China is already trying to build its constituency in Bhutan, and voices have started to emerge in some sections of the Bhutanese polity that Thimphu should settle the issues with Beijing and move forward toward greater integration with the rest of the world, which will promote its national interests much better. This view is putting pressure on the Bhutanese foreign policy to have a special relationship with India. Though Bhutan says it has neutral relations with China, domestic developments like changing economy and transition from an absolute monarchy to a democracy, a generational shift and their exposure to the internet, and factors like China’s rise as an economic and military power will have a bearing on Bhutan’s foreign policy.
India had signed a Treaty of Friendship with Bhutan in 1949, and both neighbours give importance to a special relationship. Not to antagonise India, Bhutan maintains a distance with China and due to this has not yet agreed to have diplomatic relations with its gigantic neighbour. India has also taken care to look after Bhutan’s economic and security interests. It is well known that India provides security support to Bhutan. Though China has very often offered grants and loans to Bhutan, the landlocked country has refused. Since China has failed to convince Bhutan to come to its fold, it has been using various tactics to achieve its strategic goals to subjugate Bhutan.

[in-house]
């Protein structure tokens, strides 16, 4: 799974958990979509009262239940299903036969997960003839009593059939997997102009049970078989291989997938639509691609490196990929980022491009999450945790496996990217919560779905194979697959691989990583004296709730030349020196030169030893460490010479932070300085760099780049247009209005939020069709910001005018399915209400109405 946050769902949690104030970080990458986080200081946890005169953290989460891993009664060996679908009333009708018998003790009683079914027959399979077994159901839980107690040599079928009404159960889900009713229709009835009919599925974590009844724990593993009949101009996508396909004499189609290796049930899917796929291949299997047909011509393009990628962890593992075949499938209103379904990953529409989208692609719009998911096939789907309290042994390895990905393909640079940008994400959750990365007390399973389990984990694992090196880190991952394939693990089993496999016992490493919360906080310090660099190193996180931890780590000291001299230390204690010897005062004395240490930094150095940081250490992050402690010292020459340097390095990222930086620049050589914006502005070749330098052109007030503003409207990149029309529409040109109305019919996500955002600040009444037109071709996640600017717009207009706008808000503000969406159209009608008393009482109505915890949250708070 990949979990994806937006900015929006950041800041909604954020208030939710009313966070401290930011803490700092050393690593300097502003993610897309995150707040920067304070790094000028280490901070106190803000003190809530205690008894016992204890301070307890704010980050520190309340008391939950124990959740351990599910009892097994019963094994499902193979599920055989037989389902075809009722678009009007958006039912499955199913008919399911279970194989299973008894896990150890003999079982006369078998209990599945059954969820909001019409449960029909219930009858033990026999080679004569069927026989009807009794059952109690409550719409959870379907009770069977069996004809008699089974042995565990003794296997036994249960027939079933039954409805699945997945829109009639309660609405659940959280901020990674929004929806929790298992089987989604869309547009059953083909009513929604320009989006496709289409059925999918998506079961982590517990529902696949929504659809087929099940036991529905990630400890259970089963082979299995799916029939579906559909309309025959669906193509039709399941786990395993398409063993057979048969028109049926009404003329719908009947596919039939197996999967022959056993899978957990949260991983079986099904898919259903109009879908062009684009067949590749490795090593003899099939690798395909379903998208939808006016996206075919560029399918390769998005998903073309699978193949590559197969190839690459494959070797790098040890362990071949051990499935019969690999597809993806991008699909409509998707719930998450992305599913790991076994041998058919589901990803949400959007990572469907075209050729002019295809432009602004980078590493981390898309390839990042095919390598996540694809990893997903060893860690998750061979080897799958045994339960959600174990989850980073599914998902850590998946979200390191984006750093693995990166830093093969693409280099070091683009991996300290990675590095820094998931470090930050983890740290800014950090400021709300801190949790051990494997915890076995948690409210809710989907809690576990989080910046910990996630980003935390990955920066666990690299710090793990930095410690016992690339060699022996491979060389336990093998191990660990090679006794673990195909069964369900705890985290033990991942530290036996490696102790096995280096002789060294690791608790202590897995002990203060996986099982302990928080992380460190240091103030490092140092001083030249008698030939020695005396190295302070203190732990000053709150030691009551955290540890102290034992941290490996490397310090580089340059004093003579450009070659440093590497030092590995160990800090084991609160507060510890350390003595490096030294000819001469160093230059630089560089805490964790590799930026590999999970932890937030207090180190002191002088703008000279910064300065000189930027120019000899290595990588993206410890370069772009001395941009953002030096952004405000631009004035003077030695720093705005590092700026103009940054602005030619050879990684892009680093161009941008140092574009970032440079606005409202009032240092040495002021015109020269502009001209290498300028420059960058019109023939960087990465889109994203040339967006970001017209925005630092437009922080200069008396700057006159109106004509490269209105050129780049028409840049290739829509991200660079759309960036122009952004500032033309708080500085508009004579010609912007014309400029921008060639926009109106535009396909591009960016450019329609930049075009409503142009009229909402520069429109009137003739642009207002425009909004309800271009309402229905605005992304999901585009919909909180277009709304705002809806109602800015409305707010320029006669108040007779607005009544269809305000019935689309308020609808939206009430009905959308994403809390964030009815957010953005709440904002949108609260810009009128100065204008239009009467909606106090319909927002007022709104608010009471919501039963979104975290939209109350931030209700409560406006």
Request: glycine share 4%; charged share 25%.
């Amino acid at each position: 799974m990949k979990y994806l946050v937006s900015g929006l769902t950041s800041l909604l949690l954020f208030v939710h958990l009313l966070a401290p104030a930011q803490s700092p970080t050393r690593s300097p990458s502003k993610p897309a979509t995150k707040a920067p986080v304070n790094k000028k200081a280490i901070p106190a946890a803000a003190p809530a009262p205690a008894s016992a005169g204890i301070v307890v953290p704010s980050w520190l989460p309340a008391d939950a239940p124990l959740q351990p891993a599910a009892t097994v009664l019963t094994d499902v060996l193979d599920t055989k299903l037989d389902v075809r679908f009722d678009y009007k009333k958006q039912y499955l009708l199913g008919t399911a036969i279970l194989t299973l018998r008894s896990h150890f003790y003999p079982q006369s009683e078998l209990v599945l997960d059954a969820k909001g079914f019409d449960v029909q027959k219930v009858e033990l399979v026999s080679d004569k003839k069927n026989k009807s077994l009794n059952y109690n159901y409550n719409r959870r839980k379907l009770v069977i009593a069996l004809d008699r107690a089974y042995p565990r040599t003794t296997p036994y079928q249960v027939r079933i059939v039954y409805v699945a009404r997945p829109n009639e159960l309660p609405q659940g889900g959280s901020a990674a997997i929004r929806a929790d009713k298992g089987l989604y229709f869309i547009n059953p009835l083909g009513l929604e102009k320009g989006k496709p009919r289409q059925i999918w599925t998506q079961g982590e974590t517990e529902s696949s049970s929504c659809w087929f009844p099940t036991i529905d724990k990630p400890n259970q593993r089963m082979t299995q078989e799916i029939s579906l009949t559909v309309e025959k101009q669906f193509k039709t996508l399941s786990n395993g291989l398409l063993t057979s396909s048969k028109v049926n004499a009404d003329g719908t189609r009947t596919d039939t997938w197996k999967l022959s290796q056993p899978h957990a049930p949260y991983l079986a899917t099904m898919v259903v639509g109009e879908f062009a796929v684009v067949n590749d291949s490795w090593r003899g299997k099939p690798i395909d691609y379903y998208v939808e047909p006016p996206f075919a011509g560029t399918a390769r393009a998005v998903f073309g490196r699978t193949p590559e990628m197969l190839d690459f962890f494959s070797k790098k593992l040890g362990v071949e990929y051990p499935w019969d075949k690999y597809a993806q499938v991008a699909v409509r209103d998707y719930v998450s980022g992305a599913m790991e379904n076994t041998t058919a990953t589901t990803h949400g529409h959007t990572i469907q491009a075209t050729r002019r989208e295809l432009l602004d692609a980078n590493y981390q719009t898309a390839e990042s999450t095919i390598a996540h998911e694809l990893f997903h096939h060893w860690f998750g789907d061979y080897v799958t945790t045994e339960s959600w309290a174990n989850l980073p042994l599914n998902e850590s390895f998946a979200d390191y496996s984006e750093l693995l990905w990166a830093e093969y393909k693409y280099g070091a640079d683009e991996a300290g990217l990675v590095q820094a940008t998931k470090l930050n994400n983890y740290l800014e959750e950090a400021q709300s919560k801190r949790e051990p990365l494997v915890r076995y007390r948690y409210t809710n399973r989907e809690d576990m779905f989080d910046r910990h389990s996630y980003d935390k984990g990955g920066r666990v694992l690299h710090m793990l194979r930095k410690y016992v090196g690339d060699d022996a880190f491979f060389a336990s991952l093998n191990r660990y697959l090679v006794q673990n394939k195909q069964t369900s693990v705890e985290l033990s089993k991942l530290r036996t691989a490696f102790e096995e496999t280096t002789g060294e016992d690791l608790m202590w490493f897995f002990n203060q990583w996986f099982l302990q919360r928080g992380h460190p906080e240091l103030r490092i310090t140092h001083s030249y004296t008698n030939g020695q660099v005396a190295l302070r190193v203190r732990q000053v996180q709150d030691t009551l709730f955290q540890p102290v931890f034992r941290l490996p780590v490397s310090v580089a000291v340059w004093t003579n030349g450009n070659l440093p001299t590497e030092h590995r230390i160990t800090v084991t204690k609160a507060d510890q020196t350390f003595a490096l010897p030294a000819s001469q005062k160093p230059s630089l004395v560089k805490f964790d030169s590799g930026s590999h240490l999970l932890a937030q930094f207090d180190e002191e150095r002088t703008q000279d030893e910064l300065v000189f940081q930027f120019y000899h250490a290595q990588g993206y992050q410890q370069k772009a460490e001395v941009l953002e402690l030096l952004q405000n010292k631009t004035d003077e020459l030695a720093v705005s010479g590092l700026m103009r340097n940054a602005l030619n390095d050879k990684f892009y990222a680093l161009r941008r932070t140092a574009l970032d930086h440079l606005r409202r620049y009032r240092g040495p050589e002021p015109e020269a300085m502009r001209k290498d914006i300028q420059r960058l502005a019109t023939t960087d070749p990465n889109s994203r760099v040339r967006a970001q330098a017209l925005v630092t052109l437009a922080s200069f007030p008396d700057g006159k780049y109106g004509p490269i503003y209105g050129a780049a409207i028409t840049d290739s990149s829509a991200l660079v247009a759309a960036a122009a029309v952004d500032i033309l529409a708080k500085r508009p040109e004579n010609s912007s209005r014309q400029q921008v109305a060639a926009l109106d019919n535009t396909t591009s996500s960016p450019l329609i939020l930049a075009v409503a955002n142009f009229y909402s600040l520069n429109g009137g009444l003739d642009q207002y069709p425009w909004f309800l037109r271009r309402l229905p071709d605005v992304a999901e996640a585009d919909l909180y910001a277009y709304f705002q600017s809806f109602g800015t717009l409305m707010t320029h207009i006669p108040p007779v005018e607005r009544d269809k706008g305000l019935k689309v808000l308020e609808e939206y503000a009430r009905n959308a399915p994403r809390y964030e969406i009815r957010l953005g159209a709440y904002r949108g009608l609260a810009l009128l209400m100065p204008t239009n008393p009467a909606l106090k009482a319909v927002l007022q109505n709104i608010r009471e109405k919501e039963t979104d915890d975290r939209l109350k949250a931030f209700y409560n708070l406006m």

Through Bhutan, China wants to kill two birds with one stone. First, it is following the strategy of pressurising Bhutan to accept its boundary proposals of swapping territories in Doklam, with territories on the northern side claimed by China. Second, If China gets control over Doklam, PLA would be able to gain strategic dominance overlooking the Siliguri corridor.
That Bhutan was considering a Chinese proposal for the exchange of territories, which included Doklam, was first revealed by the Bhutanese King himself while addressing the Bhutanese National Assembly in 1997. China has been claiming 764 sq km of Bhutanese territory, which included 269 sq km in northwestern areas comprising Doklam, Sinchulung, Dramana, and Shakhatoe. The rest of the 495 sq km is in North Central Bhutan comprising Pasamlung and Jakarlung valleys.